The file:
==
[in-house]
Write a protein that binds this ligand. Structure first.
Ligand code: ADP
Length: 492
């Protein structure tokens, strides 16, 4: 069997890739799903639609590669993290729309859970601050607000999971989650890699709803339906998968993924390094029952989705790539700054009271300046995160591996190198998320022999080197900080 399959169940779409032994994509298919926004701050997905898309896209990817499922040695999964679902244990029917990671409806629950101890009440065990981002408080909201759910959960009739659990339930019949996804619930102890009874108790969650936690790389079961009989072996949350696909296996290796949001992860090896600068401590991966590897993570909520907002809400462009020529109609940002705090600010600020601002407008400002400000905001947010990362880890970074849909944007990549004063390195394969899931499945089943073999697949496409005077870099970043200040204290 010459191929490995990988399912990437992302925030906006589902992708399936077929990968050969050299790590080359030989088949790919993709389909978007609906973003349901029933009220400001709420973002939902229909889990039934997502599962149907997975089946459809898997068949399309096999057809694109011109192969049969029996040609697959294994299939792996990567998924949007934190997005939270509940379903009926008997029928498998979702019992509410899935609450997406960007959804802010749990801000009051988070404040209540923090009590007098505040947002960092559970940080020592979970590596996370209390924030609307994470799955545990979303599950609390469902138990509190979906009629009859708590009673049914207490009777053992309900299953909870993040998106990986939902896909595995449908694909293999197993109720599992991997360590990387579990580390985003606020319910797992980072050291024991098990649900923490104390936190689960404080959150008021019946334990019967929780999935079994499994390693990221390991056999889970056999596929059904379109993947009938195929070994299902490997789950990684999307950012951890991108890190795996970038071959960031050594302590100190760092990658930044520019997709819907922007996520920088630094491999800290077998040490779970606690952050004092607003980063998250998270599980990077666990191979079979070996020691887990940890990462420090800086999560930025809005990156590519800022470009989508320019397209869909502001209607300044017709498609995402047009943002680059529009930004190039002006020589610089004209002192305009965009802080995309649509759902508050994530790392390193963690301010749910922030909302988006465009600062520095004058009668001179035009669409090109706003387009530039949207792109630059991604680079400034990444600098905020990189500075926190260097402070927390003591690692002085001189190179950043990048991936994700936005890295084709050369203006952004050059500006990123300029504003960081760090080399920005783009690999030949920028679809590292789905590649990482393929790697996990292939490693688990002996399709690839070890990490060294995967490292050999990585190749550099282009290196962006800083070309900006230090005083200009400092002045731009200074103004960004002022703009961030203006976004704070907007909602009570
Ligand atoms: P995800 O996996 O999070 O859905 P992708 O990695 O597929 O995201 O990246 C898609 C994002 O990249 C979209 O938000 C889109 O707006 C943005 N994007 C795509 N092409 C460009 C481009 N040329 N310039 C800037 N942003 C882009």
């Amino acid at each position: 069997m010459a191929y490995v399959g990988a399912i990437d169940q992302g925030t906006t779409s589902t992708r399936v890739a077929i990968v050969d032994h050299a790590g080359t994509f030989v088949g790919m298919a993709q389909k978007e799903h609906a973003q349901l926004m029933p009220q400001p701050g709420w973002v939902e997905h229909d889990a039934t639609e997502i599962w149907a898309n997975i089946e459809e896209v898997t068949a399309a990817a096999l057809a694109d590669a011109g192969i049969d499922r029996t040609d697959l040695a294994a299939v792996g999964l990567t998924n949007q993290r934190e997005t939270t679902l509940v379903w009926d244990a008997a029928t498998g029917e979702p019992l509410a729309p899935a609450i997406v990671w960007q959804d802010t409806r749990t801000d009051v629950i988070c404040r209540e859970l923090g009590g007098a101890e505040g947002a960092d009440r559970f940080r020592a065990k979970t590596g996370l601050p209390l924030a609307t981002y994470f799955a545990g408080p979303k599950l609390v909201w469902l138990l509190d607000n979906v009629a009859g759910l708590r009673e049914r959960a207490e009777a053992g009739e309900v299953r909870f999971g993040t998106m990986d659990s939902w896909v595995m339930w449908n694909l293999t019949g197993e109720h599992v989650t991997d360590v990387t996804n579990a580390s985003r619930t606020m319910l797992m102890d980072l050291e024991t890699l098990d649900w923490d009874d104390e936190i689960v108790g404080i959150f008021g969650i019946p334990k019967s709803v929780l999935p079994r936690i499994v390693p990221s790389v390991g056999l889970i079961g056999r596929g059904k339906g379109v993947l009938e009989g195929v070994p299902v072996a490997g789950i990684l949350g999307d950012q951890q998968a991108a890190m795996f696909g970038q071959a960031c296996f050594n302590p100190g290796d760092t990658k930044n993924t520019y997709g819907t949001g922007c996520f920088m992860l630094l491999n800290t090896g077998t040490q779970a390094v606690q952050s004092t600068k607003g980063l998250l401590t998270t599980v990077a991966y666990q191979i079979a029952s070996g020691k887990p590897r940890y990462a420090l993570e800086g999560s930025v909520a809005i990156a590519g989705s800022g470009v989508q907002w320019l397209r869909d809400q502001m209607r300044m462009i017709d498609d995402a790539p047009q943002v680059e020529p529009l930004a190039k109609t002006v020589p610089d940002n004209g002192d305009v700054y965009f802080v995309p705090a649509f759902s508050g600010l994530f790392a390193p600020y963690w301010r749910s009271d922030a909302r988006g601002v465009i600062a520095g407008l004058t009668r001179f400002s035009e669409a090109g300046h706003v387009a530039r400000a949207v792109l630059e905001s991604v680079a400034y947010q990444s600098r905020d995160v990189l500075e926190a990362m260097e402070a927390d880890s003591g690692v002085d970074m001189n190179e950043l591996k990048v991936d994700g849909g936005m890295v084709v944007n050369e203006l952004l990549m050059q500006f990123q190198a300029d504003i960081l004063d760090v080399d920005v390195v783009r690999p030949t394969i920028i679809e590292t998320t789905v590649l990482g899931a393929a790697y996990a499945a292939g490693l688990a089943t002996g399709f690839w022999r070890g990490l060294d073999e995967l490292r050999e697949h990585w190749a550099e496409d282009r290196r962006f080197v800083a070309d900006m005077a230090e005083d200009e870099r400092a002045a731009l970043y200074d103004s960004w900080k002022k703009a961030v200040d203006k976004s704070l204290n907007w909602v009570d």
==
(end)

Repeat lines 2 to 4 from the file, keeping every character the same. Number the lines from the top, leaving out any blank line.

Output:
Write a protein that binds this ligand. Structure first.
Ligand code: ADP
Length: 492